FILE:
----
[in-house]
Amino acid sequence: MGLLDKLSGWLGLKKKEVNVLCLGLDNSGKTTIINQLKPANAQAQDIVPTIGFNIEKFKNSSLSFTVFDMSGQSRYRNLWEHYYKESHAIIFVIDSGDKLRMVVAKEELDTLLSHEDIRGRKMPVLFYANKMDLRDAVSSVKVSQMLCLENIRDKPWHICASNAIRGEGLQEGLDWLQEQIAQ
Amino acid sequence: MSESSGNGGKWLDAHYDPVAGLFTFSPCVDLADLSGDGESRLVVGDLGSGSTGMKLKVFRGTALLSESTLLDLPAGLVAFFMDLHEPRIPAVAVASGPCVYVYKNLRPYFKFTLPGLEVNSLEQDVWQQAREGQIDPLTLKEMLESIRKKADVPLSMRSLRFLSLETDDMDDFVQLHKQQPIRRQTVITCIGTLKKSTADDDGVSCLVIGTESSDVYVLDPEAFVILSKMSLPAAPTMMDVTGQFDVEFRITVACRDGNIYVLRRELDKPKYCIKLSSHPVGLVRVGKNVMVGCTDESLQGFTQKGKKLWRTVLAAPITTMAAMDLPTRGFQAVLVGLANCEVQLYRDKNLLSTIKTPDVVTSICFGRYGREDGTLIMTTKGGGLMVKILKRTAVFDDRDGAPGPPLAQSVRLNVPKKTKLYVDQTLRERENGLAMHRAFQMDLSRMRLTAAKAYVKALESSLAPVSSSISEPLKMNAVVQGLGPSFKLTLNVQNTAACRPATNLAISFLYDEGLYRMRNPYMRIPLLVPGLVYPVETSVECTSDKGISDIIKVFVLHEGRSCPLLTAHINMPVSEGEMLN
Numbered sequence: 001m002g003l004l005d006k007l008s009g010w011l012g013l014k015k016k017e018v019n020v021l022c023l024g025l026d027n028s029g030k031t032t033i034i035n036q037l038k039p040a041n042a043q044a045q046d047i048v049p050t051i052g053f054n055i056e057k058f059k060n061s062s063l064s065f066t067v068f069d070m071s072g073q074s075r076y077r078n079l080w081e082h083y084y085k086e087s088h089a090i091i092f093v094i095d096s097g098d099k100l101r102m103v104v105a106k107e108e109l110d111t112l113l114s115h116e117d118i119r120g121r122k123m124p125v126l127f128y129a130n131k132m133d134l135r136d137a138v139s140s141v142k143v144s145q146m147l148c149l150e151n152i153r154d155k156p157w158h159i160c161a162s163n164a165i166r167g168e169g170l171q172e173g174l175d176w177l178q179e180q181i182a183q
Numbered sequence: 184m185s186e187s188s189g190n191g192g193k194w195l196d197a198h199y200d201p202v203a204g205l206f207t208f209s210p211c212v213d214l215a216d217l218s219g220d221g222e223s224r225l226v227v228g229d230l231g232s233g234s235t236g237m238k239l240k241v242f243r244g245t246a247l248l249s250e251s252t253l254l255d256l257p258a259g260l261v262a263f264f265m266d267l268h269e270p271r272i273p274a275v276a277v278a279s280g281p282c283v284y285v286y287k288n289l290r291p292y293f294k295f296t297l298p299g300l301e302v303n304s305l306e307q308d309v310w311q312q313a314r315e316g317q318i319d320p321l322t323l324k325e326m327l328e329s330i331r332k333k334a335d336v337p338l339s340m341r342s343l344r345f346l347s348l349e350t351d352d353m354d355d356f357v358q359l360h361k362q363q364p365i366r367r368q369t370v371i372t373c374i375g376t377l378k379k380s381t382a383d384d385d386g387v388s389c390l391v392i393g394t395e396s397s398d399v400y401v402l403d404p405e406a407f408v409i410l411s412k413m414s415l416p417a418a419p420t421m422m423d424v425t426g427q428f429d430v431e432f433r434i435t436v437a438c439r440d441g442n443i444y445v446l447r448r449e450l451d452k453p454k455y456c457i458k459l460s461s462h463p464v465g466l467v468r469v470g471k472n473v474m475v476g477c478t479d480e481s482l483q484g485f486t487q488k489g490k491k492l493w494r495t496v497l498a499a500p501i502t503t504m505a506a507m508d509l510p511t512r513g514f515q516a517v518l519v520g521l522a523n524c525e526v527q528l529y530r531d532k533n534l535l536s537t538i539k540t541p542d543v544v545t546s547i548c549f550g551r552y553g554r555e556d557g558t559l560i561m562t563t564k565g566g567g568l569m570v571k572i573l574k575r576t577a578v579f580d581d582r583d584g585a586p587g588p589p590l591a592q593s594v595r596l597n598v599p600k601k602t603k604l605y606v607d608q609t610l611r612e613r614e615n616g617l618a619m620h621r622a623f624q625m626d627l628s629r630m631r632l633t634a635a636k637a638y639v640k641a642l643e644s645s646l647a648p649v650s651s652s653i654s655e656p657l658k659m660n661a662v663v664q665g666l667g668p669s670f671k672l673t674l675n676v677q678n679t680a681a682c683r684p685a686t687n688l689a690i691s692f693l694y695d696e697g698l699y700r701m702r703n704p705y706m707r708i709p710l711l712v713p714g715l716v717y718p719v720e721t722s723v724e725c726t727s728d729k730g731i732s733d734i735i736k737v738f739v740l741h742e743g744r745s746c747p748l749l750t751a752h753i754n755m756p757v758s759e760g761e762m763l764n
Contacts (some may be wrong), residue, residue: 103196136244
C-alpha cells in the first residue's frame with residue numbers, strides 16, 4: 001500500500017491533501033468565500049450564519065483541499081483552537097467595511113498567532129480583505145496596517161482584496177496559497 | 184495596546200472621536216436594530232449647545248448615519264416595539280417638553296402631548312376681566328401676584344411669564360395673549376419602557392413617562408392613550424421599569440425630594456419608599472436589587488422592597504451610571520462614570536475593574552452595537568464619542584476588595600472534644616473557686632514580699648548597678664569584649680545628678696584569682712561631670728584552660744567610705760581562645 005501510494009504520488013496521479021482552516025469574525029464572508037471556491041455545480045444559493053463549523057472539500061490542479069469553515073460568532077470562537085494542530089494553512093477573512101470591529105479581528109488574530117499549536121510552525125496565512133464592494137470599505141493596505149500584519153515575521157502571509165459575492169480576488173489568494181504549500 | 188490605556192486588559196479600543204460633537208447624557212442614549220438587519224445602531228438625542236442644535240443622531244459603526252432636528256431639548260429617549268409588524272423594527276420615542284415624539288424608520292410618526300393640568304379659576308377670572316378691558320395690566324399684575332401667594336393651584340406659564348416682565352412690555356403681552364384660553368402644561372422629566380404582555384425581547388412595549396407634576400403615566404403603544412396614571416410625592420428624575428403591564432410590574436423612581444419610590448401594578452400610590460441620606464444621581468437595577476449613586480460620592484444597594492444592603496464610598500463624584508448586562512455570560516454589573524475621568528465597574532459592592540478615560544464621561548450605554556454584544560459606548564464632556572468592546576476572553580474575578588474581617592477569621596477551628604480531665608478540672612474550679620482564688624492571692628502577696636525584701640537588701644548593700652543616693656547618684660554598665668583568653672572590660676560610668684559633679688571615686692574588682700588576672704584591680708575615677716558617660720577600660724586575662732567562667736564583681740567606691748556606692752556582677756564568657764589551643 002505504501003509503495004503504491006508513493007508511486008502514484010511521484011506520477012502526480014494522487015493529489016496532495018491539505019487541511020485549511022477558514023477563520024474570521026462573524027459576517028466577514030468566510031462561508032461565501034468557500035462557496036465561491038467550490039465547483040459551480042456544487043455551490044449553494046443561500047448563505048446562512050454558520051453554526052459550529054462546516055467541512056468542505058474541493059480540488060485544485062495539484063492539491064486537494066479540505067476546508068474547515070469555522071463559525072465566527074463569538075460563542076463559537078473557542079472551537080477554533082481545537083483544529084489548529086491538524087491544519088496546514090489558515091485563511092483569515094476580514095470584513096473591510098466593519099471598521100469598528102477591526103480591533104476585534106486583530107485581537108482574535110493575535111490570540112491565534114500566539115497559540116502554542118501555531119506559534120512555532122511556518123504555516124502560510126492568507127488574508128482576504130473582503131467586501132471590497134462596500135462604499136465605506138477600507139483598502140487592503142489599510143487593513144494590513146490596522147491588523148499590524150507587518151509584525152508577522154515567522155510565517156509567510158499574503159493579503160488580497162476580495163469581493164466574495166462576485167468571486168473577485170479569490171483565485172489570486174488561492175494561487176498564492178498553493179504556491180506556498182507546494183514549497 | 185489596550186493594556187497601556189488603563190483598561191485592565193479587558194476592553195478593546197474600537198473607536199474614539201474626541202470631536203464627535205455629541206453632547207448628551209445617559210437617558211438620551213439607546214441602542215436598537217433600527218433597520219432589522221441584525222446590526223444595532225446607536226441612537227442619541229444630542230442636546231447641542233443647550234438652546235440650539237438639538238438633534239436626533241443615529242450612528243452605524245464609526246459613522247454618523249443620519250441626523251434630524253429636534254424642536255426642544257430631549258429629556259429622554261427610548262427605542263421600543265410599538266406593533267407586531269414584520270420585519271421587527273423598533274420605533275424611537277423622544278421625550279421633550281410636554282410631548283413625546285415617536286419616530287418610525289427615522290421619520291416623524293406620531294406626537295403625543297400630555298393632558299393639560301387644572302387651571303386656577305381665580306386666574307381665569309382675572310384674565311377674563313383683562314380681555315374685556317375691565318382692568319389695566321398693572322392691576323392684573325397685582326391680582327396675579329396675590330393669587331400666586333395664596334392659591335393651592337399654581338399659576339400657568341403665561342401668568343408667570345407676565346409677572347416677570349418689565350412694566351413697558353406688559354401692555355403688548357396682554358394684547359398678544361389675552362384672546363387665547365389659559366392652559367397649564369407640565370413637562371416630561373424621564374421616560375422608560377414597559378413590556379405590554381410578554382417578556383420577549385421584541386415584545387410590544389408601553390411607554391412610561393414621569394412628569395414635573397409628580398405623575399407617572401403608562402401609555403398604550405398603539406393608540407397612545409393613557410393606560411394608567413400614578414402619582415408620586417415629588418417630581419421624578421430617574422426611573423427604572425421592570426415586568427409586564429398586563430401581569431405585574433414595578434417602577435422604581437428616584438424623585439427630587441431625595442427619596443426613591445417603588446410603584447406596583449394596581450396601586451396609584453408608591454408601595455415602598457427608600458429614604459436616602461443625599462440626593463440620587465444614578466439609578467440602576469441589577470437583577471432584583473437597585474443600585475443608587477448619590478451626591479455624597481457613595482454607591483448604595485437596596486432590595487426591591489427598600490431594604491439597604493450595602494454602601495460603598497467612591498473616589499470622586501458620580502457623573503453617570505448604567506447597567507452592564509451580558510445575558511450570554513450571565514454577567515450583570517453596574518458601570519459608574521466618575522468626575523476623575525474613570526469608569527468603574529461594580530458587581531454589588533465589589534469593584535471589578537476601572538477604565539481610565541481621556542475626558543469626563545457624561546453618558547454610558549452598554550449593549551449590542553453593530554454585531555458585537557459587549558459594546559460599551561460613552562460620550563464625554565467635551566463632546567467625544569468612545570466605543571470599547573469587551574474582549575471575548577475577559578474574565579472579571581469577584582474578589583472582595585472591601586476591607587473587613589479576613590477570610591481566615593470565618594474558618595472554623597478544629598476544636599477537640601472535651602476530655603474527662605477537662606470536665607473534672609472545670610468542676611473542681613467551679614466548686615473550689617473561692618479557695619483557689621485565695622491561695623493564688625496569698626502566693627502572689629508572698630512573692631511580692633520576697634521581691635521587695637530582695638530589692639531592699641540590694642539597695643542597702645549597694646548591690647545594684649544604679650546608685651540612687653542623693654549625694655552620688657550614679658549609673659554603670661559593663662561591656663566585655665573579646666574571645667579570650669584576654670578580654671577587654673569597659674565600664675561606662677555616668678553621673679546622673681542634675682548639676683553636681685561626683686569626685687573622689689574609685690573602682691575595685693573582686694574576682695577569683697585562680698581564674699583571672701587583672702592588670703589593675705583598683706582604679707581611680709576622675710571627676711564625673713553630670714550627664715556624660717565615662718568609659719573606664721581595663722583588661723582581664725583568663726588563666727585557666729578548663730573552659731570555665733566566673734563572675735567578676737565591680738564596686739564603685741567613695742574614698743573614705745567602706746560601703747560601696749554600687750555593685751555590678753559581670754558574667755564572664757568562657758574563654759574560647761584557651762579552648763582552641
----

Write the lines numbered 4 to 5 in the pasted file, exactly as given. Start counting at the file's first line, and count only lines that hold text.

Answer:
Numbered sequence: 001m002g003l004l005d006k007l008s009g010w011l012g013l014k015k016k017e018v019n020v021l022c023l024g025l026d027n028s029g030k031t032t033i034i035n036q037l038k039p040a041n042a043q044a045q046d047i048v049p050t051i052g053f054n055i056e057k058f059k060n061s062s063l064s065f066t067v068f069d070m071s072g073q074s075r076y077r078n079l080w081e082h083y084y085k086e087s088h089a090i091i092f093v094i095d096s097g098d099k100l101r102m103v104v105a106k107e108e109l110d111t112l113l114s115h116e117d118i119r120g121r122k123m124p125v126l127f128y129a130n131k132m133d134l135r136d137a138v139s140s141v142k143v144s145q146m147l148c149l150e151n152i153r154d155k156p157w158h159i160c161a162s163n164a165i166r167g168e169g170l171q172e173g174l175d176w177l178q179e180q181i182a183q
Numbered sequence: 184m185s186e187s188s189g190n191g192g193k194w195l196d197a198h199y200d201p202v203a204g205l206f207t208f209s210p211c212v213d214l215a216d217l218s219g220d221g222e223s224r225l226v227v228g229d230l231g232s233g234s235t236g237m238k239l240k241v242f243r244g245t246a247l248l249s250e251s252t253l254l255d256l257p258a259g260l261v262a263f264f265m266d267l268h269e270p271r272i273p274a275v276a277v278a279s280g281p282c283v284y285v286y287k288n289l290r291p292y293f294k295f296t297l298p299g300l301e302v303n304s305l306e307q308d309v310w311q312q313a314r315e316g317q318i319d320p321l322t323l324k325e326m327l328e329s330i331r332k333k334a335d336v337p338l339s340m341r342s343l344r345f346l347s348l349e350t351d352d353m354d355d356f357v358q359l360h361k362q363q364p365i366r367r368q369t370v371i372t373c374i375g376t377l378k379k380s381t382a383d384d385d386g387v388s389c390l391v392i393g394t395e396s397s398d399v400y401v402l403d404p405e406a407f408v409i410l411s412k413m414s415l416p417a418a419p420t421m422m423d424v425t426g427q428f429d430v431e432f433r434i435t436v437a438c439r440d441g442n443i444y445v446l447r448r449e450l451d452k453p454k455y456c457i458k459l460s461s462h463p464v465g466l467v468r469v470g471k472n473v474m475v476g477c478t479d480e481s482l483q484g485f486t487q488k489g490k491k492l493w494r495t496v497l498a499a500p501i502t503t504m505a506a507m508d509l510p511t512r513g514f515q516a517v518l519v520g521l522a523n524c525e526v527q528l529y530r531d532k533n534l535l536s537t538i539k540t541p542d543v544v545t546s547i548c549f550g551r552y553g554r555e556d557g558t559l560i561m562t563t564k565g566g567g568l569m570v571k572i573l574k575r576t577a578v579f580d581d582r583d584g585a586p587g588p589p590l591a592q593s594v595r596l597n598v599p600k601k602t603k604l605y606v607d608q609t610l611r612e613r614e615n616g617l618a619m620h621r622a623f624q625m626d627l628s629r630m631r632l633t634a635a636k637a638y639v640k641a642l643e644s645s646l647a648p649v650s651s652s653i654s655e656p657l658k659m660n661a662v663v664q665g666l667g668p669s670f671k672l673t674l675n676v677q678n679t680a681a682c683r684p685a686t687n688l689a690i691s692f693l694y695d696e697g698l699y700r701m702r703n704p705y706m707r708i709p710l711l712v713p714g715l716v717y718p719v720e721t722s723v724e725c726t727s728d729k730g731i732s733d734i735i736k737v738f739v740l741h742e743g744r745s746c747p748l749l750t751a752h753i754n755m756p757v758s759e760g761e762m763l764n